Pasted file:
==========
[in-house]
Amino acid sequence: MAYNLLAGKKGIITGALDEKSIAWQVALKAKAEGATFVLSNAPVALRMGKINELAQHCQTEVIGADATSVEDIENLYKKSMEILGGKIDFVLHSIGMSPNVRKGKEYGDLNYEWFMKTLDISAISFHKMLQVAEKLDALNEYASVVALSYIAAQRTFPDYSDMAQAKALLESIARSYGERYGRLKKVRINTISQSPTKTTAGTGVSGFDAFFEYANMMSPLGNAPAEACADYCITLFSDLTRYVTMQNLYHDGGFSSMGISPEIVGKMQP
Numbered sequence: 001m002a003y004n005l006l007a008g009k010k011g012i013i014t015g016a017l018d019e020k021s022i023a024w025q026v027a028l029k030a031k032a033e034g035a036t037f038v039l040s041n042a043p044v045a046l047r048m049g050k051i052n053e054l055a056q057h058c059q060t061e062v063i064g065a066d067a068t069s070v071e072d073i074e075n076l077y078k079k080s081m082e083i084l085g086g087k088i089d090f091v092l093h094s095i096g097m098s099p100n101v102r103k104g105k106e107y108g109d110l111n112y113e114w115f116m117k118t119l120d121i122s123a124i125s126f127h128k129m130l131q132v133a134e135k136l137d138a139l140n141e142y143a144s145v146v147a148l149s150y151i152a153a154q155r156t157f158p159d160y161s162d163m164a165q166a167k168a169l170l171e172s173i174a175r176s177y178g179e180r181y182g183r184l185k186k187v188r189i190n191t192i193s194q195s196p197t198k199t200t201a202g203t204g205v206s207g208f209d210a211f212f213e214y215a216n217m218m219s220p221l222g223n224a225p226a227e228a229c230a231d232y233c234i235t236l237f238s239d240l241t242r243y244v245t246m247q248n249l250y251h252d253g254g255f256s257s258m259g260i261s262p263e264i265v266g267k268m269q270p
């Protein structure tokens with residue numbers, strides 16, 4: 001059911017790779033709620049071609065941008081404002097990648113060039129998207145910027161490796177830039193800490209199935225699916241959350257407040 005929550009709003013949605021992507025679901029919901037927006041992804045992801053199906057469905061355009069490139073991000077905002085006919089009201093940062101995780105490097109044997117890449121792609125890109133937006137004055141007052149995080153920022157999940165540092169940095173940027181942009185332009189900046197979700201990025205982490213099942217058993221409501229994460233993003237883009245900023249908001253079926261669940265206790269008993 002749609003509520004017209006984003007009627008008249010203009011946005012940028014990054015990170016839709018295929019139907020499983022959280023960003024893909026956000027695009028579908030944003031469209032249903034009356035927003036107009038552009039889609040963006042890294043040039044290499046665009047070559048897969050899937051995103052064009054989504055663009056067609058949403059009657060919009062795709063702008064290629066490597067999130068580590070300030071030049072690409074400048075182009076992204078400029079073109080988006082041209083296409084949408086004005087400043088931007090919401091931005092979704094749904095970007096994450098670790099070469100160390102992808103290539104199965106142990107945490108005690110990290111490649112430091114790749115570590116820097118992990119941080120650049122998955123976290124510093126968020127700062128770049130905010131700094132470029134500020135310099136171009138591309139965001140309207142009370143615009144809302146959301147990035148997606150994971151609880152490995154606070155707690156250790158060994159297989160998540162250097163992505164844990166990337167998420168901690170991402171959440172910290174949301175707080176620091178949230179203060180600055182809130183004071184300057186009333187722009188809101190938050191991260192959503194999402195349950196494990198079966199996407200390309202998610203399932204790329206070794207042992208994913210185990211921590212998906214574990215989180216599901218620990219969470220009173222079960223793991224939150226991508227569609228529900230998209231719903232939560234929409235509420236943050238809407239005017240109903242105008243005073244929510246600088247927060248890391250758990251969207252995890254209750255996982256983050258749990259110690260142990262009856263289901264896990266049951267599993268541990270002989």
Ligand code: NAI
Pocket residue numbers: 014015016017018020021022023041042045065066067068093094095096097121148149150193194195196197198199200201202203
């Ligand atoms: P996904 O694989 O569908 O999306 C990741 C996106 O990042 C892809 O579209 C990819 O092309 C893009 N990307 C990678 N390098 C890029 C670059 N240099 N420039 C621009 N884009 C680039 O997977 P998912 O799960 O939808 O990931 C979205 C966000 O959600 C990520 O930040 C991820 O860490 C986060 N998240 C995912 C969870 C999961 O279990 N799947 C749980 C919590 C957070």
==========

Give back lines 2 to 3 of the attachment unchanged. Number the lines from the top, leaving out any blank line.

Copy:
Amino acid sequence: MAYNLLAGKKGIITGALDEKSIAWQVALKAKAEGATFVLSNAPVALRMGKINELAQHCQTEVIGADATSVEDIENLYKKSMEILGGKIDFVLHSIGMSPNVRKGKEYGDLNYEWFMKTLDISAISFHKMLQVAEKLDALNEYASVVALSYIAAQRTFPDYSDMAQAKALLESIARSYGERYGRLKKVRINTISQSPTKTTAGTGVSGFDAFFEYANMMSPLGNAPAEACADYCITLFSDLTRYVTMQNLYHDGGFSSMGISPEIVGKMQP
Numbered sequence: 001m002a003y004n005l006l007a008g009k010k011g012i013i014t015g016a017l018d019e020k021s022i023a024w025q026v027a028l029k030a031k032a033e034g035a036t037f038v039l040s041n042a043p044v045a046l047r048m049g050k051i052n053e054l055a056q057h058c059q060t061e062v063i064g065a066d067a068t069s070v071e072d073i074e075n076l077y078k079k080s081m082e083i084l085g086g087k088i089d090f091v092l093h094s095i096g097m098s099p100n101v102r103k104g105k106e107y108g109d110l111n112y113e114w115f116m117k118t119l120d121i122s123a124i125s126f127h128k129m130l131q132v133a134e135k136l137d138a139l140n141e142y143a144s145v146v147a148l149s150y151i152a153a154q155r156t157f158p159d160y161s162d163m164a165q166a167k168a169l170l171e172s173i174a175r176s177y178g179e180r181y182g183r184l185k186k187v188r189i190n191t192i193s194q195s196p197t198k199t200t201a202g203t204g205v206s207g208f209d210a211f212f213e214y215a216n217m218m219s220p221l222g223n224a225p226a227e228a229c230a231d232y233c234i235t236l237f238s239d240l241t242r243y244v245t246m247q248n249l250y251h252d253g254g255f256s257s258m259g260i261s262p263e264i265v266g267k268m269q270p